Tuesday, January 19, 2010


“St. Sebastian”
by Sandro Botticelli,


Biographical Information about St. Sebastian[1]

Readings for the Memorial of St. Sebastian

Readings and Commentary:

1 Peter 3:14-17

Even if you should suffer because of righteousness, blessed are you.
Do not be afraid or terrified with fear of them,
but sanctify Christ as Lord in your hearts.
Always be ready to give an explanation
to anyone who asks you for a reason for your hope,
but do it with gentleness and reverence,
keeping your conscience clear,
so that, when you are maligned,
those who defame your good conduct in Christ
may themselves be put to shame.
For it is better to suffer for doing good,
if that be the will of God, than for doing evil.
Commentary on
1 Pt 3:14-17

St. Peter exhorts the churches, to which his letter is addressed, to be courageous in their faith and to be fearless in the face of persecution. If they are attacked and suffer because of doing what is right, they are blessed (see also Matthew 5:10-11 and Isaiah 59:9), and need only keep the hope of Jesus alive and holy in their hearts. Their attackers will be shamed in such actions because they do evil to the innocents.

Psalm 34:2-3, 4-5, 6-7, 8-9

R. (5) The Lord delivered me from all my fears.

I will bless the LORD at all times;
his praise shall be ever in my mouth.
Let my soul glory in the LORD;
the lowly will hear and be glad.
R. The Lord delivered me from all my fears.

Glorify the LORD with me,
let us together extol his name.
I sought the LORD, and he answered me
and delivered me from all my fears.
R. The Lord delivered me from all my fears.

Look to him that you may be radiant with joy,
and your faces may not blush with shame.
When the poor one called out, the LORD heard,
and from all his distress he saved him.
R. The Lord delivered me from all my fears.

The angel of the LORD encamps
around those who fear him, and delivers them.
Taste and see how good the LORD is;
blessed the man who takes refuge in him.
R. The Lord delivered me from all my fears.
Commentary on
Ps 34:2-3, 4-5, 6-7, 8-9
Psalm 34 is a song of thanksgiving and a favorite for celebrating the heroic virtue of the saints. The psalmist, fresh from the experience of being rescued (Psalm 34:5, 7), can teach the "poor," those who are defenseless, to trust in God alone. This psalm, in the words of one being unjustly persecuted, echoes hope for deliverance and freedom. The Lord in his faithful love always hears those who call to him for help and salvation.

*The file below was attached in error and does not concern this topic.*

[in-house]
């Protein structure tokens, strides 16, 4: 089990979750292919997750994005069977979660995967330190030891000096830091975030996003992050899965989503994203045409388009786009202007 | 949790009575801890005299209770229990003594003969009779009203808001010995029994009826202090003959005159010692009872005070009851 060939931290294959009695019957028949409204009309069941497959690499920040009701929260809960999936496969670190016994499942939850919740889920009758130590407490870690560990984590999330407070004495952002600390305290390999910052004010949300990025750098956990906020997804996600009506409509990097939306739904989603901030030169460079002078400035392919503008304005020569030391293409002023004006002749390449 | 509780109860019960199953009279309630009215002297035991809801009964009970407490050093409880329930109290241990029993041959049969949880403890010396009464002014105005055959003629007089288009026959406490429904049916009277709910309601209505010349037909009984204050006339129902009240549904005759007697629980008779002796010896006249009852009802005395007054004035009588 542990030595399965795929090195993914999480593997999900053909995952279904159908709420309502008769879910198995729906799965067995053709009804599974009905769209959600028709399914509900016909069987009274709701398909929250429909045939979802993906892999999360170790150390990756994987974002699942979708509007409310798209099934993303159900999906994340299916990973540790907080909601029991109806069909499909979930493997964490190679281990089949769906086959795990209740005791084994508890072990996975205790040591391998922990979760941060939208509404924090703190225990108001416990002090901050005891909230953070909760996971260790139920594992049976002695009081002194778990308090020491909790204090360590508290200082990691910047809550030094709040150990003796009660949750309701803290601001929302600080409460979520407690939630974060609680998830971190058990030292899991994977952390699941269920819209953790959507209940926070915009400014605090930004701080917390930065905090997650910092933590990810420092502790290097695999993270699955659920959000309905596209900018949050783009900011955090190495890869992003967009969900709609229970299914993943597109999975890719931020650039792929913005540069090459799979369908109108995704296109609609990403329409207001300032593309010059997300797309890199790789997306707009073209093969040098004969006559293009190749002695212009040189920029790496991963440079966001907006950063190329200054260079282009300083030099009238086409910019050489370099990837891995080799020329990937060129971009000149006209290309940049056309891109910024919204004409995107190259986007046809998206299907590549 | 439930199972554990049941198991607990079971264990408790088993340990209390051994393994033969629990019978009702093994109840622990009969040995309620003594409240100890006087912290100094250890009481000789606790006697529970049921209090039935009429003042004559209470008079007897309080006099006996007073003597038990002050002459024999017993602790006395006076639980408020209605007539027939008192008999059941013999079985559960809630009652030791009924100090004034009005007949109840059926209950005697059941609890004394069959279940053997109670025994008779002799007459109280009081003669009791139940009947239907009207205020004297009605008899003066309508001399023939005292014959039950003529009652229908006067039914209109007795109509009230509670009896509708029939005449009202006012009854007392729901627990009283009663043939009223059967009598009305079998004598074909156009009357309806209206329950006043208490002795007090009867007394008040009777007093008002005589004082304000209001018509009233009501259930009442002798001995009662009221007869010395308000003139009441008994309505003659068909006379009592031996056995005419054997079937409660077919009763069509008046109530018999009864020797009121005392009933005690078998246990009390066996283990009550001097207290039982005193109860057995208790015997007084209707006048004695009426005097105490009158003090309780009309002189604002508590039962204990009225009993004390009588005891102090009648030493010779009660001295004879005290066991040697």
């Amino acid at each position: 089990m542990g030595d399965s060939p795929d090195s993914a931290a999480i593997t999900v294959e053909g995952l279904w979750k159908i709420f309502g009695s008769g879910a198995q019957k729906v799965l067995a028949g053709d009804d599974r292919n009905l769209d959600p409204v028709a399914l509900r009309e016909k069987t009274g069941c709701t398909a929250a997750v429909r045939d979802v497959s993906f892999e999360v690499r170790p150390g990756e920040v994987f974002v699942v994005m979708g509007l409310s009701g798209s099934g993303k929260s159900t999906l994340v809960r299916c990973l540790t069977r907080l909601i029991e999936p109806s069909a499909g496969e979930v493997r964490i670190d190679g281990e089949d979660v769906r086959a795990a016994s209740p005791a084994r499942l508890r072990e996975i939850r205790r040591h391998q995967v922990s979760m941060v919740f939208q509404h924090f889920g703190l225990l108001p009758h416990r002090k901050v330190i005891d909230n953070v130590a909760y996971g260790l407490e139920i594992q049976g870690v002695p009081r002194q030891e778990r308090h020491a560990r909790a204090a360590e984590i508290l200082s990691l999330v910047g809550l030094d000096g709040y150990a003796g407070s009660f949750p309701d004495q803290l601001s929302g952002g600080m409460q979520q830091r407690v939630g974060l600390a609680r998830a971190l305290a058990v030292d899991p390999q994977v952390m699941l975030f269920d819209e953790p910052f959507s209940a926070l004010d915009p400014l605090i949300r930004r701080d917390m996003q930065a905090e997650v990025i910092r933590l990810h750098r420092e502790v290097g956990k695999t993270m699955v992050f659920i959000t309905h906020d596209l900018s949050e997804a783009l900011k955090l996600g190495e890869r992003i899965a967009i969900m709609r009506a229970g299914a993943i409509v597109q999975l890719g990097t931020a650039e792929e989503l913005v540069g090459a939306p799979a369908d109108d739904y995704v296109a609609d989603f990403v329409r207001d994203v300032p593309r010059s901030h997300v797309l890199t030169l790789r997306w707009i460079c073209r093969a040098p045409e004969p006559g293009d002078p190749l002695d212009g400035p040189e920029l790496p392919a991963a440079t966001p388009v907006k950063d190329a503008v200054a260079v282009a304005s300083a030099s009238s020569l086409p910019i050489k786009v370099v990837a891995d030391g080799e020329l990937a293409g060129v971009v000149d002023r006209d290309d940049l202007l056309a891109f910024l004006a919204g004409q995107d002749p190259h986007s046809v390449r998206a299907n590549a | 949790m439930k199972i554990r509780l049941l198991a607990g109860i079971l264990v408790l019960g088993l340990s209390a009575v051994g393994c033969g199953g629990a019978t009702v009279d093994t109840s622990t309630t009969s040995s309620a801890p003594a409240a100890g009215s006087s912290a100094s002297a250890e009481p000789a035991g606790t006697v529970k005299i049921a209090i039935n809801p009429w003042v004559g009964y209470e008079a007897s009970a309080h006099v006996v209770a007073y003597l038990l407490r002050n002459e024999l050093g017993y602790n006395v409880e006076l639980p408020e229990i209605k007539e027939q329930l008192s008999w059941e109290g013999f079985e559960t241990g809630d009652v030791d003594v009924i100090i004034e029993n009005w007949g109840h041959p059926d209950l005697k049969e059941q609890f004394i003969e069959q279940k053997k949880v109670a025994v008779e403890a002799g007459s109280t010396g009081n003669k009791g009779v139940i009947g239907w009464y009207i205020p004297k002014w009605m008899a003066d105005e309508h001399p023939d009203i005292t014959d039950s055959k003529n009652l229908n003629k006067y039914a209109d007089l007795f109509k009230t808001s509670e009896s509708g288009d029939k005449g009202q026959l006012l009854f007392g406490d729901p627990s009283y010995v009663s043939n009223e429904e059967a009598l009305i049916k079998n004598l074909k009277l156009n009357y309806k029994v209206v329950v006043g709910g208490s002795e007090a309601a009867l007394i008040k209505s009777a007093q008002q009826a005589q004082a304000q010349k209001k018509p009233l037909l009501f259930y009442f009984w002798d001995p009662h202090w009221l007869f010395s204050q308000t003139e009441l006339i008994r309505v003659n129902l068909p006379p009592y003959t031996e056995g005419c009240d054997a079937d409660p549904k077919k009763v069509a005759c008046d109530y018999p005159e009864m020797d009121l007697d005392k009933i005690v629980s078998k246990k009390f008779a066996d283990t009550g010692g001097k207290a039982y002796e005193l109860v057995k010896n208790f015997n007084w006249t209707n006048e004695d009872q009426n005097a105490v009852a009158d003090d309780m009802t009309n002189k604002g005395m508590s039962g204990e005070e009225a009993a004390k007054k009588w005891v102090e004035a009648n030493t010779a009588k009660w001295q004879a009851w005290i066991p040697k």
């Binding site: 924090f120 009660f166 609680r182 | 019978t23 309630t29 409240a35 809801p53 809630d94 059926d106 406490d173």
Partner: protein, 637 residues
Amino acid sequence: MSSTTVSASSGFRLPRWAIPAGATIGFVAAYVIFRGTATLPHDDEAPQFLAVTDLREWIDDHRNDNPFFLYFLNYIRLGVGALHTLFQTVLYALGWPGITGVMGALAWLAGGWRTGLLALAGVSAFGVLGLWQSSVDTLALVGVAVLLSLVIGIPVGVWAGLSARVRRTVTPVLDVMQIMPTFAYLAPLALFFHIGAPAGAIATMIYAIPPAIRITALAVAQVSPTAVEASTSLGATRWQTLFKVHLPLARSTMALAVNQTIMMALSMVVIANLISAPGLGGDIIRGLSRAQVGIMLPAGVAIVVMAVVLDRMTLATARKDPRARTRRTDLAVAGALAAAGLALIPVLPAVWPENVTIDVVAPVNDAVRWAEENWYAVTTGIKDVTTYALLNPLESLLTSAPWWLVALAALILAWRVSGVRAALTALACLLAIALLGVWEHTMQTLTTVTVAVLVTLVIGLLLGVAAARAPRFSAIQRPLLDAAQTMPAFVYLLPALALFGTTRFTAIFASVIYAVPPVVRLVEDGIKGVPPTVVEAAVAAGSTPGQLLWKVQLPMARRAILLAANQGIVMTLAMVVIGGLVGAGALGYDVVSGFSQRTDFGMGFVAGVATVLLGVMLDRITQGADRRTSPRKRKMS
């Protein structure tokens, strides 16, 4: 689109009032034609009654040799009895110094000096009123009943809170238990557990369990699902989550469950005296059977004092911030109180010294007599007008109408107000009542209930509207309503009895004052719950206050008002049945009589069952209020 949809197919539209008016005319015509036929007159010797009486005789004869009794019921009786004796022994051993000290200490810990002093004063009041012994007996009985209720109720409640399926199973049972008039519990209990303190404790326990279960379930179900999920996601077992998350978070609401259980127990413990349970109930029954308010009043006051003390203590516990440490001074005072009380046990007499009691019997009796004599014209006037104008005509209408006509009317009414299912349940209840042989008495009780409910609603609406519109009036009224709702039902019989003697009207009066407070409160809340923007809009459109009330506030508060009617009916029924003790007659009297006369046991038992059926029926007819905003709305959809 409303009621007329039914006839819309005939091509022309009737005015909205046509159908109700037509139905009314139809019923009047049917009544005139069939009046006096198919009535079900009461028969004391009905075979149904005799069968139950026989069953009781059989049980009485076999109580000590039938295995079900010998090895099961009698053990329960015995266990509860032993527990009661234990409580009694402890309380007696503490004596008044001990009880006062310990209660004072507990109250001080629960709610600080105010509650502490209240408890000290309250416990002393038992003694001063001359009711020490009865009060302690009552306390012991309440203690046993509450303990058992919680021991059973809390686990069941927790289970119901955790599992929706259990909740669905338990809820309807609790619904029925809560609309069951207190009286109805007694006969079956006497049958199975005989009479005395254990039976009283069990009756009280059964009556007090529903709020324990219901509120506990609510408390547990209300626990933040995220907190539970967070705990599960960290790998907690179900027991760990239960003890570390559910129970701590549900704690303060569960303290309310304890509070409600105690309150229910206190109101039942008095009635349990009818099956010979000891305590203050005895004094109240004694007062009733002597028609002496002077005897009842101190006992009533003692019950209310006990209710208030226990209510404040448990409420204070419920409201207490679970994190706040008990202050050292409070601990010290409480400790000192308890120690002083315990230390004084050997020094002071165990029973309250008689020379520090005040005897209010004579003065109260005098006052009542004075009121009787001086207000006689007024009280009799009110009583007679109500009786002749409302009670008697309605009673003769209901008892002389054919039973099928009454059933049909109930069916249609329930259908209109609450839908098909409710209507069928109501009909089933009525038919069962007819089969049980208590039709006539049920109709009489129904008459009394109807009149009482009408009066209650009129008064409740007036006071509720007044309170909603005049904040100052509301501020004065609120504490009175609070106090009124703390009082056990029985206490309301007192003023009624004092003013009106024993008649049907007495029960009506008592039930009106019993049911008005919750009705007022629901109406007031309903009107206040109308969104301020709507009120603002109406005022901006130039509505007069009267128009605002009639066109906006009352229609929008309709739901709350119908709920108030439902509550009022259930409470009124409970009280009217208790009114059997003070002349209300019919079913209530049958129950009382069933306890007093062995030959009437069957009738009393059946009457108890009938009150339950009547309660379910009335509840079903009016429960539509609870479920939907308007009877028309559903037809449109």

CCC: Ps 34:3 716; Ps 34:8 336
Matthew 10:28-33

Jesus said to the Twelve:
"Do not be afraid of those who kill the body
but cannot kill the soul;
rather, be afraid of the one who can destroy
both soul and body in Gehenna.
Are not two sparrows sold for a small coin?
Yet not one of them falls to the ground without your Father's knowledge.
Even all the hairs of your head are counted.
So do not be afraid; you are worth more than many sparrows.
Everyone who acknowledges me before others
I will acknowledge before my heavenly Father.
But whoever denies me before others,
I will deny before my heavenly Father."
Commentary on
Mt 10:28-33

Jesus concludes his instructions to the Apostles as he sends them out. He tells them not to fear the persecution he has told them they will face. This lack of fear should be absent because, while the body may be killed, their souls are safe with him. He concludes this passage telling them that the Father is watching over them and they have nothing to fear.

CCC: Mt 10:28 363, 1034; Mt 10:29-31 305; Mt 10:32-33 1816; Mt 10:32 14, 2145

Little is known about St Sebastian except the fact that he was martyred early on in the persecutions of Diocletian. St Ambrose knew of him and states that he was already venerated in Milan in the fourth century. One of the seven chief churches of Rome was built over his grave in 367.

All else (his youth, his martyrdom by arrows) is unsubstantiated, some of it dating from more than a thousand years after his death. But what we know is what we need to know. For the Christians of the fourth century the important, the true, the sufficient fact about Sebastian was that he was a Christian martyr, and they venerated him as such.

Oh happy St. Sebastian, even though so little is known of your faith and works, your martyred death, your fidelity to God in the face of torture and pain provides the followers of the Savior you loved with courage and hope as well. Even though we do not know the details of your life and works other than by hearsay and legend, you inspire us to be like you, courageous in the face of persecution, fear and hatred.

Sacred scripture reminds us that we are sent into a world that will not welcome us. We are sent by the one who showed us with his own death and resurrection what our sending may mean. Yet, like St. Sebastian, we know there is the promise, the promise that even in the face of trials and falsehoods thrown at us, we are being watched over and supported by the one who created all things and who loves us so intensely that His Only Begotten Son was offered as sacrifice for us.

Today we invite the prayers of St. Sebastian, a martyr who won the white robe of salvation and even now rejoices with all the saints. We ask that his prayers support us as we follow the same Lord, Jesus Christ.


[1] The picture is “St. Sebastian” by Sandro Botticelli, 1474
[2] Text of Readings is taken from the New American Bible, Copyright © Libreria Editrice Vaticana, Excerpts from the English translation of The Roman Missal © 1973, International Committee on English in the Liturgy, Inc. All rights reserved.

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